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The Content Approach to Aesthetic Experience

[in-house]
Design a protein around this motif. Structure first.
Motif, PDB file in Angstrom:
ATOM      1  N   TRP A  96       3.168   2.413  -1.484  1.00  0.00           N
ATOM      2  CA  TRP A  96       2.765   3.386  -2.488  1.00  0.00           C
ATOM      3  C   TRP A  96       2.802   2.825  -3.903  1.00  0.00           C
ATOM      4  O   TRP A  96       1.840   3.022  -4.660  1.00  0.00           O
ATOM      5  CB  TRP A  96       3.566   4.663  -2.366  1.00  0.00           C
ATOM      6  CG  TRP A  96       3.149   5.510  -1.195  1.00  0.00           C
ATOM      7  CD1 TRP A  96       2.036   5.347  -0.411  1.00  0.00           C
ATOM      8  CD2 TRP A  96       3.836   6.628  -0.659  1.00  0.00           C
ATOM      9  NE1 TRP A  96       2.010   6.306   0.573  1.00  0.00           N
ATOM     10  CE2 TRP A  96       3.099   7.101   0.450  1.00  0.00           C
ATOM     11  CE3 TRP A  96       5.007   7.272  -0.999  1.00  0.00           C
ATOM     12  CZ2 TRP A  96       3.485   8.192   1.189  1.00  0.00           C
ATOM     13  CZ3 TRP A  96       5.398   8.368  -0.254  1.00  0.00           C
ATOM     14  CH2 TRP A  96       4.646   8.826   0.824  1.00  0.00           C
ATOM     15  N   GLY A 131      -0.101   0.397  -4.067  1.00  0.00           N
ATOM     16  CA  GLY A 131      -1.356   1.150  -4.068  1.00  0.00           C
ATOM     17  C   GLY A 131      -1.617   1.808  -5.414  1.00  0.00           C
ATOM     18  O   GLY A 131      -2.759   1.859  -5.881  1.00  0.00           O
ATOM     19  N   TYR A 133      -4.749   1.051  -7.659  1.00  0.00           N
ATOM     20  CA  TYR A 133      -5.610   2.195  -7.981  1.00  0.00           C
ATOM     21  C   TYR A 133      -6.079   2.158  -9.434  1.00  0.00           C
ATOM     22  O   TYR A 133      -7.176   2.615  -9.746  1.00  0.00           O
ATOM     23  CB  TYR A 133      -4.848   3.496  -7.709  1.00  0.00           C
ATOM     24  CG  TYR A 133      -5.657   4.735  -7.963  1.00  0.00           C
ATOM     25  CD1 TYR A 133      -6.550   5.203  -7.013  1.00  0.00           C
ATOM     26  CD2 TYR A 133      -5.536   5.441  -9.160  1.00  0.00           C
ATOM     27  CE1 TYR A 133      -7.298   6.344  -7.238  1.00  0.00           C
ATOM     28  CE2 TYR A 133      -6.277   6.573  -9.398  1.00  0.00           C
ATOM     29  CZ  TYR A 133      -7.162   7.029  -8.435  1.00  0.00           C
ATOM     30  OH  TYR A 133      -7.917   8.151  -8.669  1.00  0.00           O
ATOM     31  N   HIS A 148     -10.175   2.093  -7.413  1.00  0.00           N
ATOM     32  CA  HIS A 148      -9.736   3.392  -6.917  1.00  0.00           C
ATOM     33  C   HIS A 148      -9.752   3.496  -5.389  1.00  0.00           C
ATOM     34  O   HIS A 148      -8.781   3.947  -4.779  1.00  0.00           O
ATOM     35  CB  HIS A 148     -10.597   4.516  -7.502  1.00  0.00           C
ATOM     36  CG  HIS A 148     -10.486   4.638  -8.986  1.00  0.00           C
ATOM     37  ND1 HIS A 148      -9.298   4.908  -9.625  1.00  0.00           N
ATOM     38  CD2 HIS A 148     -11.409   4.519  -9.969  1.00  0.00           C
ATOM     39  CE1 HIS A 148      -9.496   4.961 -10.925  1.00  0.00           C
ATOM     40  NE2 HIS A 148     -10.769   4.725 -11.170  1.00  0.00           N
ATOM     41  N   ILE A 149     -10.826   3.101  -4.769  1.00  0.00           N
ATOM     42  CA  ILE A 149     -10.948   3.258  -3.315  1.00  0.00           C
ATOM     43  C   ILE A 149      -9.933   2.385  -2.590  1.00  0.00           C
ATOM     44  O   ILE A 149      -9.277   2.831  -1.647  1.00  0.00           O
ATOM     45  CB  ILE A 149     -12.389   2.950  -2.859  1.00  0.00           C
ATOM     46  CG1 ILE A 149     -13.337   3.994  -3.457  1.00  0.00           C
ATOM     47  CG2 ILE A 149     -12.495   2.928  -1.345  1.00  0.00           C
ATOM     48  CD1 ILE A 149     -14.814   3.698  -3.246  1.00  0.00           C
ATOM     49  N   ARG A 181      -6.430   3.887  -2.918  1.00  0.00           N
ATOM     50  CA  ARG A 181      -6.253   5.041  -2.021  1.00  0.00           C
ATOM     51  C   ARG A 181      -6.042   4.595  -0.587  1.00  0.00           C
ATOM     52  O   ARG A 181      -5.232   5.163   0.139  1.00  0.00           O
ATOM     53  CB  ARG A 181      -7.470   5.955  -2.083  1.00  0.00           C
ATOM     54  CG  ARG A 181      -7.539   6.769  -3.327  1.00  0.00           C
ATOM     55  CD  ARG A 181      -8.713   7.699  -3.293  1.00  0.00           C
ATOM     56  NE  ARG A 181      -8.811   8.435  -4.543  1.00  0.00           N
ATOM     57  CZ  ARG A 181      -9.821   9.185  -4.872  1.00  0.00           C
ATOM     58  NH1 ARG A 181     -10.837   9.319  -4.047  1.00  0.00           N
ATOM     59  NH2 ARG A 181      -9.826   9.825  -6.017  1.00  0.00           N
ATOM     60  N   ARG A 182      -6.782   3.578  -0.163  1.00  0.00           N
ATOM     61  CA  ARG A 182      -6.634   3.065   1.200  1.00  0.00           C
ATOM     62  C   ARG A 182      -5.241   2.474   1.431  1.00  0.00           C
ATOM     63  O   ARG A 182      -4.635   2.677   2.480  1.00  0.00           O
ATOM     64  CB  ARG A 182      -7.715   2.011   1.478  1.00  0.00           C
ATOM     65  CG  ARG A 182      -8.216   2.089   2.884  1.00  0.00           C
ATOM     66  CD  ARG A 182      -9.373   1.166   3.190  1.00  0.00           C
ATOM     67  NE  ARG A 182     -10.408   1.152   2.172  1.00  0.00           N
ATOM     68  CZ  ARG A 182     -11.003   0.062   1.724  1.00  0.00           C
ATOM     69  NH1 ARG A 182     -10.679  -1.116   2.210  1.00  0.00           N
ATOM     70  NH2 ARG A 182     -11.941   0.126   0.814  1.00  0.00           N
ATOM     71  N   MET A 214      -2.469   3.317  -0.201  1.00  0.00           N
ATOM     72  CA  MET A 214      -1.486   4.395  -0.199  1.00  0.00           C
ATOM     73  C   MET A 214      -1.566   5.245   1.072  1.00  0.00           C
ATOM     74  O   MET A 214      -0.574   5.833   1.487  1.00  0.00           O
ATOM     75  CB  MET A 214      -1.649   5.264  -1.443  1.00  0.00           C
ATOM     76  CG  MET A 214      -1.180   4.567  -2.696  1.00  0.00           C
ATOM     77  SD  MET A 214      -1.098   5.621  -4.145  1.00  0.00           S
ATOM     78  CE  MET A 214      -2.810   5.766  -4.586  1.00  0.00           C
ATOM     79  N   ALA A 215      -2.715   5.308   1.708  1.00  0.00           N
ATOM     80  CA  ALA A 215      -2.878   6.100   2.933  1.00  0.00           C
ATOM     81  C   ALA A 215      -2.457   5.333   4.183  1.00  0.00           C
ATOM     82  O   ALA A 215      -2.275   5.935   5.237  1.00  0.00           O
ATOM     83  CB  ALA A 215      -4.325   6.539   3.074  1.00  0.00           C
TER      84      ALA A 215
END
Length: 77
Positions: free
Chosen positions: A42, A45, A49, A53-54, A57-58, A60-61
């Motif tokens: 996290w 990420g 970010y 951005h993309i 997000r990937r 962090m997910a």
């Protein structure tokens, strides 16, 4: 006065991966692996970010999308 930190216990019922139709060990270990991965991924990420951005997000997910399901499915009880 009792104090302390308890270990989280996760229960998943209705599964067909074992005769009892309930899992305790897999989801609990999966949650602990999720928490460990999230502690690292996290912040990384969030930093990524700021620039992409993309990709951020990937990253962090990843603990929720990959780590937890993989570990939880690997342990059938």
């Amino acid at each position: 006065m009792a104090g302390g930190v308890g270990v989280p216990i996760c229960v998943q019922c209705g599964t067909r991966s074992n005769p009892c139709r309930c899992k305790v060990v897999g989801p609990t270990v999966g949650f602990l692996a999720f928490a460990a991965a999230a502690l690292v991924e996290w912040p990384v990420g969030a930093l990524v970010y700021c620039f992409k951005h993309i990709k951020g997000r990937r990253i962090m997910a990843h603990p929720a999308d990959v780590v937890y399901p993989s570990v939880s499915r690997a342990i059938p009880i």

Over a series of papers, I have advanced what I have called a content approach to the aesthetic experience of artworks (see, e.g., Carroll 2012). This approach begins with the observation that inasmuch as aesthetic experience is an experience, it has content. Thus, a straightforward way to begin to characterize that experience, it would appear, is to specify its content. So, with respect to artworks, what is the content of aesthetic experience? Looking at the sorts of things that people have most frequently cited as the objects of aesthetic experience, I think these include formal properties, expressive properties, and aesthetic properties. All these properties, of course, might be called “aesthetic properties” in the broad sense; however, I am using that term narrowly in order to denote qualities like brittleness or garishness that, although not expressive properties, are like them in that they refer to the qualitative dimensions of artworks. Roughly, these are the kinds of non-expressive qualities to which Frank Sibley often alludes (see, e.g., Sibley 1959). Furthermore, under the category of objects of aesthetic experience I include also reflexive relations such as attention to the reciprocal interplay between the formal, expressive, and/or aesthetic properties of the artwork and the viewer, listener, or reader of the work. Perhaps needless to say, for these experiences to be properly aesthetic, the viewer, listener, or reader of the artwork must be doing more than merely, for example, staring at a painting replete with expressive properties, like Munch’s The Scream. She must be attending to those properties with understanding that will, in the typical case, require that she be informed to some degree about the kind of work to which she is attending. So, on my account, one is having an aesthetic experience of an artwork just in case one is attending with understanding to the formal properties and/or the expressive properties and/or the aesthetic properties and/or the reflexive relations of the aforesaid properties (or just one of them) of the artwork to the relevant spectator. That is, you are undergoing an aesthetic experience if you are attending to one or a combination of these features of the artwork with understanding. This conception of aesthetic experience is disjunctive. If you are in one of the preceding mental states with respect to an artwork, then your experience is aesthetic. That is, meeting at least one of these conditions is sufficient for aesthetic experience. That is why this version of the content approach can also be called “disjunctive.” In addition, it is a deflationary account because it does not require that aesthetic experience involve some special evaluative dimension, such as that the experience be valued for its own sake, a desideratum commonly associated with aesthetic experience in many of the leading accounts of the phenomenon (see, e.g., Stolnitz 1969). This kind of approach to aesthetic experience is not unprecedented. In his earliest attempts to characterize aesthetic experience, Monroe Beardsley favored an approach like this—that is, a content approach. He counted experiences as aesthetic if they involved attention to the unity, complexity, or intensity of the artwork (see Beardsley 1981, 462). My approach covers at least the same territory that Beardsley charted insofar as unity and complexity are formal properties, while the expressive and aesthetic properties I have in mind are what makes for the intensity of the artwork; Beardsley referred to these features as regional qualities. Also, like Beardsley, I do not believe that our attention to these properties needs to be self-rewarding or valued for its own sake in order to be aesthetic. It is enough that our attention to them be informed, if only minimally, and be accompanied with understanding. I maintain that this sort of approach is superior to evaluative ones that rest upon the notion that aesthetic experiences be self-rewarding or valued for their own sake. I see no reason to discount as aesthetic the experiences of the relevant properties of the artwork that are undertaken with the aim of some advantage, such as enlarging one’s powers of discrimination and improving one’s perceptual capacities. For how else would we categorize attending with understanding to the aesthetic properties of an artwork besides calling it aesthetic? What other sort of an experience would it be? A second advantage of my version of the content approach is that it allows for negative aesthetic experiences, whereas, arguably, the evaluative approach does not. It seems undeniable that many of our encounters with artworks can be negative or indifferent. But it does not seem that these count as aesthetic experiences on the view that aesthetic experiences are self-rewarding. For it sounds like a contradiction in terms to say that an unhappy experience of an unintentionally incoherent novel is self-rewarding. Defenders of the evaluative view may charge that I am mistaken here. But they may be relying on an ambiguity in the notion of something’s being valued for its own sake. This can mean at least two things: that it is being valued as the kind of thing it is (for example, a lyric poem) and that the experience is self-rewarding. The former interpretation, of course, is not subject to the objection that I have just made. But that is not what is at stake with respect to the evaluative view, since it concerns the object of the experience and not the experience itself (which is what the evaluative view maintains is valued for its own sake). The evaluative view of aesthetic experience claims that aesthetic experiences are necessarily self-rewarding. But, on an unforced reading, all things being equal, it appears virtually self-contradictory to maintain that the unfortunate experiencing with understanding of an incoherent drama is self-rewarding. Nevertheless, such an experience is aesthetic. Again— what else would it be?1 The content approach to aesthetic experience has other virtues, but, for the moment, let mention of one more consideration suffice. The evaluative approach to aesthetic experience is very uninformative. How would one go about instructing the uninitiated about the way in which to go about having aesthetic experiences? How would you instruct neophytes to have experiences valued for their own sake? What would you say? Yet we can instruct others in the ways of having aesthetic experiences by telling them what to attend to in the pertinent artworks (along with informing them about the background necessary for attending to those artworks with understanding). If the friend of the evaluative approach claims that he will give the same advice to the uninitiated, we will want to know then what the addition of the requirement that the experience be self-rewarding adds to the lesson. One question that arises about the properties I’ve listed as the sorts of things to which aesthetic experiences of artworks attend is what these properties have in common. Is what I have proposed a mere shopping list or is there some coherent principle that holds it together? I maintain that there is a coherent principle here. Recall that we are speaking of the aesthetic experience of artworks. Thus, it pays to consider  certain common features of artworks in order to get at what binds the aesthetic experience of them together. It seems rather uncontroversial to propose we can regard artworks as having purposes, on the one hand, and ways those purposes are articulated, on the other hand. Arthur Danto, following Hegel, maintains that something is an artwork only if (1) it is about something and (2) presents it in a manner appropriate to whatever it is about (see Danto 1997). Danto refers to this second condition as “embodiment.” That is, artworks are about something, and whatever they are about is ideally embodied in an appropriate manner; this is why Danto refers to artworks as embodied meanings. However, the requirement that artworks have aboutness in the sense of a meaning is too narrow. For artworks may be beneath meaning; they may be predicated only upon raising a perceptual state or a sensation of pleasure with nothing else to say. Yet, all artworks have purposes, including the purpose of celebrating uselessness. So, to return to Danto’s formula, we may amend it by saying that artworks have purposes that they make manifest, articulate, advance, reinforce, or embody in ways that are ideally adequate to, or appropriate to, or fitting for their purposes. But what does this have to do with the properties to which I contend aesthetic experience attends? Simply this: those properties are ways in which the purposes of artworks are articulated or embodied. The form or structure of the suspense story realizes the aim of the novel—to thrill readers. The expressive properties of the writing articulate its point of view, as do the aesthetic properties. That is, the formal properties, the expressive properties, and the aesthetic properties are what implement the purposes of the artwork. They are how the artwork articulates or embodies—gives flesh to—the purposes of the artwork. To experience the artwork aesthetically then is to attend with understanding to the how of the artwork—to contemplate how the artwork works. Why call this attention aesthetic? Consider how we speak of artifacts that are not artworks. When we appreciate the fearsomeness of a suit of medieval armor, we say we are appreciating it aesthetically. Why? Because we are appreciating the way in which the design of the ensemble facilitates its purpose, namely, intimidating the enemy. Likewise, when we appreciate the how of a work of art, we are appreciating it aesthetically, that is, experiencing it with understanding.2 Speaking summarily, on my view, when we experience an artwork aesthetically, we are attending with understanding to how the artwork works. Ideally the artwork has been formally, expressively, and/or aesthetically contrived in ways that advance its purposes. Those purposes can be as varied as propounding a thesis (for example, that flatness is an essential feature of painting), raising a feeling (for example, uplifting delight at the sound of music), or even the apprehension of meaninglessness (for example, the disjunctive cutting in a surrealist film). Where the means of embodying the purposes of the work succeed, we appreciate the work and regard our experience of it as worthy of our attention. Where the how of the work falters, we depreciate it and, all things being equal, regard it as having been unworthy or undeserving of our attention.